Taking the next step in emergency communications, the Barton County Commission Monday morning approved a memorandum of agreement with Kansas 911 Coordinating Council for Next Generation 911. The agreement outlines the program use and cost.
As a follow up, the commission authorized making payment the council for these services. The commission approved a deduction from the county’s 911 tax funds, and scheduled payments would include a $29,000 withdraw for 2016, with 2017 and 2018 allocations to be made in the amount of $74,400 annually.
“Last October, our phone system failed,” said 911 Director Dena Popp. “This forced us to switch to Next Generation 911 sooner than expected.”
Next Generation 911 (NG 911) is an internet protocol (IP)-based system that allows digital information (e.g., voice, photos, videos and text messages) to flow from the public, through the 911 network, and on to emergency responders, Popp said. It is hosted by the State of Kansas.
It was installed Aug. 9. “We are currently operating on that system,” she said.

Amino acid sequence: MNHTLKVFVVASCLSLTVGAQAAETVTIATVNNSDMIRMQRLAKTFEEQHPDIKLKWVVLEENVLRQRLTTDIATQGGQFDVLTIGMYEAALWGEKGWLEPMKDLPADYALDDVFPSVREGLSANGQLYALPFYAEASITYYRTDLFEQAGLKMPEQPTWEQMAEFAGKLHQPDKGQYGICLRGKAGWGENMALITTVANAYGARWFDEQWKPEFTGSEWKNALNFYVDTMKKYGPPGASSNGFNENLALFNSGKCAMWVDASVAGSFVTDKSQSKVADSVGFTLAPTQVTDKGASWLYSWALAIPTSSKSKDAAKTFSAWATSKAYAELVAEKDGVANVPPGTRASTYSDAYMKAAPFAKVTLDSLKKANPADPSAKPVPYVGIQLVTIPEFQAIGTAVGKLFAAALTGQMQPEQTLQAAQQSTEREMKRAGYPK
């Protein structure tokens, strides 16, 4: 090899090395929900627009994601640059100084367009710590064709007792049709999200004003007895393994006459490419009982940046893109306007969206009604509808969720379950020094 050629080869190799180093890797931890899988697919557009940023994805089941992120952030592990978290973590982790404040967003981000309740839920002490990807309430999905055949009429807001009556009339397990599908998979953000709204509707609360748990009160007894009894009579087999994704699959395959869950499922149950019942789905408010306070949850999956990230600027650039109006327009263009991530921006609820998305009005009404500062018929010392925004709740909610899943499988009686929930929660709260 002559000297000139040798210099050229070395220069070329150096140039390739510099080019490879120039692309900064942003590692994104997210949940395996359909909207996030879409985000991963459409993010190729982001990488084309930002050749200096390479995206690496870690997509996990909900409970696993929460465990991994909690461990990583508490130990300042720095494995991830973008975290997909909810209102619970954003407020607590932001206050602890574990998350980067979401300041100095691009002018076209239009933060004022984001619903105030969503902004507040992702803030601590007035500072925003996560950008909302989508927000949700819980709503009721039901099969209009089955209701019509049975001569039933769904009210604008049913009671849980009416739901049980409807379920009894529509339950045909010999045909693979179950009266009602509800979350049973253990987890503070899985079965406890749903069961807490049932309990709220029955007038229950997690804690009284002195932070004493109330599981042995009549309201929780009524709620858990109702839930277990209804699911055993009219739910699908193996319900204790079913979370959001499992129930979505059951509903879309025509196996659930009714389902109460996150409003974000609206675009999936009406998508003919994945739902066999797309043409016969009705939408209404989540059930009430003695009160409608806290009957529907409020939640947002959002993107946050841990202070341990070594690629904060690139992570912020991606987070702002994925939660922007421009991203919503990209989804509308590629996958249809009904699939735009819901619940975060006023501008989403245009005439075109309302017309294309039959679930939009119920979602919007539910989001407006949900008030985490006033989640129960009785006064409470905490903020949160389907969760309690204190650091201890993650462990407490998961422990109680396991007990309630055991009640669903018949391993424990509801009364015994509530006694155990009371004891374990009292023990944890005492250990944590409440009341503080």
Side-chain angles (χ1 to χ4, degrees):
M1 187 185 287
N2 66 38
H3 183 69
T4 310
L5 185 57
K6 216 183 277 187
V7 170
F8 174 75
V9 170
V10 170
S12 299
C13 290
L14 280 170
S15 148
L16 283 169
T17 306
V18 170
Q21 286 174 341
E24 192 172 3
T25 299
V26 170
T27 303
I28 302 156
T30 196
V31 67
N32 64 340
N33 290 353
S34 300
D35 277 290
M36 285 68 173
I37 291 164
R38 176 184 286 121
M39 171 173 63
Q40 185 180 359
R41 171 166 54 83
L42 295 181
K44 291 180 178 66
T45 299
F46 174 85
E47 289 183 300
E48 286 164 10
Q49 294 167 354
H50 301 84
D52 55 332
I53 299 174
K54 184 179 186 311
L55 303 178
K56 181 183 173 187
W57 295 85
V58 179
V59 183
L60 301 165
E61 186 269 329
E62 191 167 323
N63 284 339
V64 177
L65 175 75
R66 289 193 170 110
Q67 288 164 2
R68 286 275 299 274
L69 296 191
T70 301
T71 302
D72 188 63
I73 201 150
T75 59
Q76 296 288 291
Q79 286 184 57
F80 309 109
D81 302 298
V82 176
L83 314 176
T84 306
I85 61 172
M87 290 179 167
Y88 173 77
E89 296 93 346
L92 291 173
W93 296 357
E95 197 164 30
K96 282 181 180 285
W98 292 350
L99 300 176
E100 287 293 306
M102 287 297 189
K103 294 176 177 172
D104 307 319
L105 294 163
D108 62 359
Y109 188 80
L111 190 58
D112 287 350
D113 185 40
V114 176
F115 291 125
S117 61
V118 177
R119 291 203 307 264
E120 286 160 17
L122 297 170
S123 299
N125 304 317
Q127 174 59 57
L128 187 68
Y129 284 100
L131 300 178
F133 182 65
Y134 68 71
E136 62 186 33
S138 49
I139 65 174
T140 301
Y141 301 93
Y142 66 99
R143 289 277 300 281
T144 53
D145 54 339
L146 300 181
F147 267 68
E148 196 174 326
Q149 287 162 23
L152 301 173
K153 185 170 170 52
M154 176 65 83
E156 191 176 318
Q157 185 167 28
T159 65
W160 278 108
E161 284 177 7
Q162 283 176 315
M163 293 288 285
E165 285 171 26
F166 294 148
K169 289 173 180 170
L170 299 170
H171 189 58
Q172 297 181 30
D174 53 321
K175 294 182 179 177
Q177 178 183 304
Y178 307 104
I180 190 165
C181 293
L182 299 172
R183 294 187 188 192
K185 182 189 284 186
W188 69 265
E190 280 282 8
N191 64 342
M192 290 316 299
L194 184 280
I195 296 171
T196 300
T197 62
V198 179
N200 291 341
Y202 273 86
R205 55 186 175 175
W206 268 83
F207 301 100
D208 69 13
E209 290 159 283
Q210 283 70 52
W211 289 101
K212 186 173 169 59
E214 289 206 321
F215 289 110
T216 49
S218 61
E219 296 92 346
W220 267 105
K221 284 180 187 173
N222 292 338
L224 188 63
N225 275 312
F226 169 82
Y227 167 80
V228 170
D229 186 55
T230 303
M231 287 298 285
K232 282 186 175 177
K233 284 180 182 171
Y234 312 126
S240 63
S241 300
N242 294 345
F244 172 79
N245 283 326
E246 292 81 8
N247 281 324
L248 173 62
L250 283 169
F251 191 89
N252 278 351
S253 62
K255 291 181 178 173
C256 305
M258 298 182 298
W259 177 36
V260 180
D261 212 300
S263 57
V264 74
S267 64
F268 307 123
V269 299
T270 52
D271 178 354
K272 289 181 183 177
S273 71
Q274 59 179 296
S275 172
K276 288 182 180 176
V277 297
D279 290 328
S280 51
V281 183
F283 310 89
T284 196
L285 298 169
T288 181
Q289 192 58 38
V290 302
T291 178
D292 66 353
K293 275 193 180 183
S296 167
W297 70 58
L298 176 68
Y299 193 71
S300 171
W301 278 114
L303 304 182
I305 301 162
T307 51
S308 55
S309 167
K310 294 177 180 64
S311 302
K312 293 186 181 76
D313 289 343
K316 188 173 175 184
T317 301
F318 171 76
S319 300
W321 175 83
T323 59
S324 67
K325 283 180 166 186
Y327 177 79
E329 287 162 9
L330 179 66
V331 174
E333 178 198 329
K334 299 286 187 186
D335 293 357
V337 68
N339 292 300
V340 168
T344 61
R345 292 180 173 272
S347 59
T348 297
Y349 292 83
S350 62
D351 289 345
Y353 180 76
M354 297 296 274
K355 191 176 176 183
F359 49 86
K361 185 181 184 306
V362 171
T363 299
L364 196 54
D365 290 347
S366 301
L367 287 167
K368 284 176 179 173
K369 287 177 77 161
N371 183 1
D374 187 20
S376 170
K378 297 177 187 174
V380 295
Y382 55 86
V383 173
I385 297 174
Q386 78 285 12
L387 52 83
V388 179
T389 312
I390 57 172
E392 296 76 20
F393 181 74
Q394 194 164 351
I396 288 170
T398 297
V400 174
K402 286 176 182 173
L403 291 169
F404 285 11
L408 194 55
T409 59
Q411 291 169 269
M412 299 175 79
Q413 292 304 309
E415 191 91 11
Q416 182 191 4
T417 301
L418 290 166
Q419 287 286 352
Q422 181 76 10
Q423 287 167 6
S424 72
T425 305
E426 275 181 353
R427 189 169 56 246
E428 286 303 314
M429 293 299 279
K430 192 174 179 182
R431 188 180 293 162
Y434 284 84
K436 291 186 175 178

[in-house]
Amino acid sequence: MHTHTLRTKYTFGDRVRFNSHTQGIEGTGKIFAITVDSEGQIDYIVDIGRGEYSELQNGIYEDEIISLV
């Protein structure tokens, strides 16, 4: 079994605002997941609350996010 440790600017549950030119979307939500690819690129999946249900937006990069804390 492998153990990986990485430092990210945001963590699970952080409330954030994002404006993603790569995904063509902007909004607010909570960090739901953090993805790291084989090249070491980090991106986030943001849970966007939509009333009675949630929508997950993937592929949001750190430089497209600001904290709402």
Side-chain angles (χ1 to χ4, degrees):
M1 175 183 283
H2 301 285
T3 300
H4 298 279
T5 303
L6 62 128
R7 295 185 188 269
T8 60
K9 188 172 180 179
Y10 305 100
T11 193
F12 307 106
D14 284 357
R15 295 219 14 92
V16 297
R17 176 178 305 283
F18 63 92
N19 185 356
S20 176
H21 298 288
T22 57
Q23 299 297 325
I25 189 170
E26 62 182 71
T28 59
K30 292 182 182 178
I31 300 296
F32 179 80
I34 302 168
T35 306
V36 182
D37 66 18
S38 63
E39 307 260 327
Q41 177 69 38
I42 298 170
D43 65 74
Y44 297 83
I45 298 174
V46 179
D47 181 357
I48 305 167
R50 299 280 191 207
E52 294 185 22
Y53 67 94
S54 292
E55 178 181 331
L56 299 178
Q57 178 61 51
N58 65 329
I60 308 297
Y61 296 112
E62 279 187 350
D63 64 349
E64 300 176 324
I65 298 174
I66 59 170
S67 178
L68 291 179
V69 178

Since it is state maintained, Popp said all of the county’s maps and information can be accessed from anywhere in the state, which is great in the event of an emergency. “We can dispatch from any agency and we can dispatch for any agency.”
The $29,000 payment was pro-rated by the state since Barton County didn’t start using NG 911 until mid year. The payments for 2017 and 2018 will be $74,000.
The county is locked in for the next two years at that price.
The state requested an automatic withdrawal of the payments from the 911 tax funds. Although authorized, this is a departure from how the county usually handles paying invoices.
The 911 money comes to the county about in the middle of each month. The amount varies.